“I wrote with tears and anguish, pouring into the pages all the pain that life had meant to me.”—Upton Sinclair
Ranking alongside Harriet Beecher Stowe's Uncle Tom's Cabin as a novel that has galvanized public opinion, The Jungle tells the story of Jurgis Rudkus, a young immigrant who came to the New World to find a better life. Instead, he is confronted with the horrors of the slaughterhouses, barbarous working conditions, crushing poverty, disease, and despair.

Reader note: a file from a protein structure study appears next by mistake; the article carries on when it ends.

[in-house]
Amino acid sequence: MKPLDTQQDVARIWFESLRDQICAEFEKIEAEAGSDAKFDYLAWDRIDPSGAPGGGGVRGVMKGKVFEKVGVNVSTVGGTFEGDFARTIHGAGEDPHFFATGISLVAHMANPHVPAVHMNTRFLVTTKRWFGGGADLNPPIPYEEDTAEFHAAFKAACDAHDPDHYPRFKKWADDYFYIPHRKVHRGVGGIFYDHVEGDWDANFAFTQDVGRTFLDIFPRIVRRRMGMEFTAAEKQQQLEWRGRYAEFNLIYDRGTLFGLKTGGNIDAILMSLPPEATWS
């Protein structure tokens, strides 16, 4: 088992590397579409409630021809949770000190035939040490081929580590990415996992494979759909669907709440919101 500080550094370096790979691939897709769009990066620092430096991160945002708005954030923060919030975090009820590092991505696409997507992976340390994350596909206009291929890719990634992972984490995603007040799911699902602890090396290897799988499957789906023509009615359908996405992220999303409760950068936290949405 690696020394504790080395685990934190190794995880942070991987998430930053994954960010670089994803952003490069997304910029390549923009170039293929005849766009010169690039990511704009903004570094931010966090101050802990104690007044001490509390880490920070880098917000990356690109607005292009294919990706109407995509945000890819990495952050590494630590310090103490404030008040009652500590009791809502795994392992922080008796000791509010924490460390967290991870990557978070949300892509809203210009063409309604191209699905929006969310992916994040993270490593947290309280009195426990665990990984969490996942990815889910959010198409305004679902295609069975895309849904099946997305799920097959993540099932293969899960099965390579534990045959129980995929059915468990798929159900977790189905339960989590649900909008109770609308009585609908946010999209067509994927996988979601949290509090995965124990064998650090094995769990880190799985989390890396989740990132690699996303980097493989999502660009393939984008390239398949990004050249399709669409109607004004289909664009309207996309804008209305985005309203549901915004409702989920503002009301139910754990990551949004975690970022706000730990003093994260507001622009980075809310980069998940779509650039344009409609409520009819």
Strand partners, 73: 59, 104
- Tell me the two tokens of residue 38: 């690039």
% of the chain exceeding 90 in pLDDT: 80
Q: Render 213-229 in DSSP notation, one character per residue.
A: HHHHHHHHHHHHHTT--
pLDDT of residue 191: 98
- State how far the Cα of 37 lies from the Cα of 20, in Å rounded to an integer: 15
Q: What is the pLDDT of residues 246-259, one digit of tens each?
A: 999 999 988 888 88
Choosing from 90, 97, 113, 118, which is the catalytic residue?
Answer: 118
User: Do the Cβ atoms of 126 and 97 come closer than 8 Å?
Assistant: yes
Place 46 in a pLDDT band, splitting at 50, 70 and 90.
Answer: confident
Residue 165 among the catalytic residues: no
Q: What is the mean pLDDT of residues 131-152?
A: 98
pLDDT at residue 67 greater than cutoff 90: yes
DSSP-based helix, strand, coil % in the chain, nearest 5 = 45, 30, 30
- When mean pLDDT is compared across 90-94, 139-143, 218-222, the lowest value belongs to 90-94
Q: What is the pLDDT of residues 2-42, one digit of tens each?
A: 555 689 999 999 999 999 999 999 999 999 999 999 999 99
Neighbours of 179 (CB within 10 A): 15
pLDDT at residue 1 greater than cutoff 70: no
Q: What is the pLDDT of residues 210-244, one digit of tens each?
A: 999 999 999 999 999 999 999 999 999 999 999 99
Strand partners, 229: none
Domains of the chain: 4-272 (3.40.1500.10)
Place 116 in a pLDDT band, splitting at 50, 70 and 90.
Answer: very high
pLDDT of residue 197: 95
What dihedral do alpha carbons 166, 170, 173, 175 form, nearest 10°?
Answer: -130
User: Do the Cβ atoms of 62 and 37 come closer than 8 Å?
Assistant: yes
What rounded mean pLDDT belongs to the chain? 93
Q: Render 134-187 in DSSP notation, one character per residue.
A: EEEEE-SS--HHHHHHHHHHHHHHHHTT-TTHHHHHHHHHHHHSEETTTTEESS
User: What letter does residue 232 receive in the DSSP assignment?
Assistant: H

Upton Sinclair vividly depicted factory life in Chicago in the first years of the twentieth century, and the harrowing scenes he related aroused the indignation of the public and forced a government investigation that led to the passage of pure food laws. A hundred years later, The Jungle continues to pack the same emotional power it did when it was first published.